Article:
Fields look too wet and too muddy, but farmers say just below the surface, it's too dry to even consider planting yet.
Local farmers at Wednesday's Cover Crop Field Day in Rock Island County talked about how they aren't able to start planting until it starts warming up outside.
"The main concern this year is the lateness of the season and the amount of frost that we've had and the amount of snow cover this winter. We're looking at possible delays on planting time for farmers to get to the field and plant their crops this year," said Joe Gates who works for the Natural Resources Conservation Service.
Even with all the snow this winter, farmers are seeing that their fields are still too dry.
"We did have a lot of snow this winter but the ground froze early and it stayed frozen all winter so when the snow melted this spring it didn't really soak into the ground and it all kinda ran off," Gates said.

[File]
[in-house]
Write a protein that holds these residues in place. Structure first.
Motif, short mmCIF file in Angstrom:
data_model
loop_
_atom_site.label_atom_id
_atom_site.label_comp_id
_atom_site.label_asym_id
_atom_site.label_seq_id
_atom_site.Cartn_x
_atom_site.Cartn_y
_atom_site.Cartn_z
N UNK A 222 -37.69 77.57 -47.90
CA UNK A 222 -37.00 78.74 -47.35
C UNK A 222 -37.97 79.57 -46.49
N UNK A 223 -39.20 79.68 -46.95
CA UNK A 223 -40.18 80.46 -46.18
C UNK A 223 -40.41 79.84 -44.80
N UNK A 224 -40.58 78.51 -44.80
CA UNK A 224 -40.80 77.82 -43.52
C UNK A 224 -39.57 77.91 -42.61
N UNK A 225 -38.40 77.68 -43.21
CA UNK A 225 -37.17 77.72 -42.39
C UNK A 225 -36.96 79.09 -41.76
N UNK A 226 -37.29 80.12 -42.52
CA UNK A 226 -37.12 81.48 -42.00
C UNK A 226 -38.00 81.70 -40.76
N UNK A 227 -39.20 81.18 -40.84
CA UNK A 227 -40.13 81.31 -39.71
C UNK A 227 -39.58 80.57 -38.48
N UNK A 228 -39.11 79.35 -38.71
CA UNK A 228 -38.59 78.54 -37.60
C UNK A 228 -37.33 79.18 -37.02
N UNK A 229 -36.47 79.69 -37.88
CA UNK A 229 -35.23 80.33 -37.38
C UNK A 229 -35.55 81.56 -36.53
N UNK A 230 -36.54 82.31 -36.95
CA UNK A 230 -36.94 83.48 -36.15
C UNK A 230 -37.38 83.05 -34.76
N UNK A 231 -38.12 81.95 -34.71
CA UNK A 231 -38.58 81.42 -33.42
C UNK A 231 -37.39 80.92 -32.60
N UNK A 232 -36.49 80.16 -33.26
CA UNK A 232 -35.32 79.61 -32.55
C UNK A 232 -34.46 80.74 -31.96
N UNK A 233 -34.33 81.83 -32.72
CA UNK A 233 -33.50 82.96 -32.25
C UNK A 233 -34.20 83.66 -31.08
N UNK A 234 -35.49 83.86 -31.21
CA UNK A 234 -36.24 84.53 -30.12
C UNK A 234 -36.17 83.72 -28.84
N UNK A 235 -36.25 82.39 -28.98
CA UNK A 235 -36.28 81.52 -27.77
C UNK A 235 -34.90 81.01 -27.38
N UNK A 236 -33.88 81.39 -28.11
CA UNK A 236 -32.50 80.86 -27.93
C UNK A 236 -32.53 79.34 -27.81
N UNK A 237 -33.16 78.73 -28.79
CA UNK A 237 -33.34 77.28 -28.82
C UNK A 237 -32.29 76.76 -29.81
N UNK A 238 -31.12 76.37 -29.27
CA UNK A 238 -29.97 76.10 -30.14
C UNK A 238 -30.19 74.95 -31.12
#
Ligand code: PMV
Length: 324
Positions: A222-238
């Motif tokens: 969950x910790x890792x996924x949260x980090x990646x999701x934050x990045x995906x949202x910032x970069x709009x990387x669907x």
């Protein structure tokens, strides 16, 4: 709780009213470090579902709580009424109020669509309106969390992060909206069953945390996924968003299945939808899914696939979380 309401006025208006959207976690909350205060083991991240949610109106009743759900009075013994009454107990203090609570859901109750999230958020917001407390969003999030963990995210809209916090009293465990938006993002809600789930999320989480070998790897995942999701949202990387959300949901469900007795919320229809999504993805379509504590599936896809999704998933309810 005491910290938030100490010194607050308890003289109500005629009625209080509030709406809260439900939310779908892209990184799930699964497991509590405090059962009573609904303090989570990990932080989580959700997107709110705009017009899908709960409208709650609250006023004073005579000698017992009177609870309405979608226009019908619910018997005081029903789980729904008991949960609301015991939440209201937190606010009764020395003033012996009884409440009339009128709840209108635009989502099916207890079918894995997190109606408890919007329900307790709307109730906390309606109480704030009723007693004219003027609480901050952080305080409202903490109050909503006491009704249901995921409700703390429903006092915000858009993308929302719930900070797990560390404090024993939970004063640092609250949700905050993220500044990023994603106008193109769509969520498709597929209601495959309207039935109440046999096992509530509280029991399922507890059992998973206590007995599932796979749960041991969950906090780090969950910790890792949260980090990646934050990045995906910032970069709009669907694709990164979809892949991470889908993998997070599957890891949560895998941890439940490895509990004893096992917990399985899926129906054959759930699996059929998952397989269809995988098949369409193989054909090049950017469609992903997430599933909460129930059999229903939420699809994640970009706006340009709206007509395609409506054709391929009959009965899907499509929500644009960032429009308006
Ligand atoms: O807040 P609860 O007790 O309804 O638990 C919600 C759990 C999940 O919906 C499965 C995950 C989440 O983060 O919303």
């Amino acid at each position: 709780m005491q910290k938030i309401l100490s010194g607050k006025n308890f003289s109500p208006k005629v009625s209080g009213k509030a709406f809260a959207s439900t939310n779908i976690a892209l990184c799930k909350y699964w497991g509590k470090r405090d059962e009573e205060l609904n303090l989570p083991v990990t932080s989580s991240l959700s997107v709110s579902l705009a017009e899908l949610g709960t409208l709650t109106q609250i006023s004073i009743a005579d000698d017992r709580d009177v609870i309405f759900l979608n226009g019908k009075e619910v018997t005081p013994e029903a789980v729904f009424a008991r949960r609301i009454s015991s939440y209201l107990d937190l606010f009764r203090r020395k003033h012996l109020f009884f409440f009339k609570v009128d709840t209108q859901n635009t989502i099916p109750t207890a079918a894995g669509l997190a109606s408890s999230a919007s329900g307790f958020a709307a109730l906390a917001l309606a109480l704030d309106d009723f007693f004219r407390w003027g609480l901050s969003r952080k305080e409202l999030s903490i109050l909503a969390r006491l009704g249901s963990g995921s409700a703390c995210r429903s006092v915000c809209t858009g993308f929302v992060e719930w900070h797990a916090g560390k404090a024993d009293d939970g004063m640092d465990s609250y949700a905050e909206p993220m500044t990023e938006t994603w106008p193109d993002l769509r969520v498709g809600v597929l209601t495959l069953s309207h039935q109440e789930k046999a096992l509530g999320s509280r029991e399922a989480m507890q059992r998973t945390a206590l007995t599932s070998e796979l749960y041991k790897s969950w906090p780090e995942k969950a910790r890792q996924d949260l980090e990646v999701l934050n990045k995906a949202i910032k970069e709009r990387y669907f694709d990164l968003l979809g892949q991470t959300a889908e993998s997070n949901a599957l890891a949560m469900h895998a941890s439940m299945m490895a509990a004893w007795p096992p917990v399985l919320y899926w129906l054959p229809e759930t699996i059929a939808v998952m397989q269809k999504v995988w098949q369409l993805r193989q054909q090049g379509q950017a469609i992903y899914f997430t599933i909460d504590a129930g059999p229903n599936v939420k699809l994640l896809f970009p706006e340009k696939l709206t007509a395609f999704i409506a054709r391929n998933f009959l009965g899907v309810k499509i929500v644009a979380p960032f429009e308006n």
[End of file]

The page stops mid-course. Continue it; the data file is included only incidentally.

Phil Fuhr is a local farmer with hundreds of bags of seed corn that he needs to plant. Fuhr tried getting out to start tillage and fertilization on Wednesday, but couldn't because the topsoil was too wet.
"It's still a little wet, it's still a little cold. [We're] just trying to get started," Fuhr said. "If it materializes into one to two inches of rain, it'll probably set us back into later next week."
Now is when farmers normally try to start planting their crops, but with the frozen ground and the next few days of rainfall, they will have to wait a while longer.
"Anything can happen. Mother Nature will always throw you a curve ball every year, we'll just have to wait and see how the spring plays out," Fuhr said.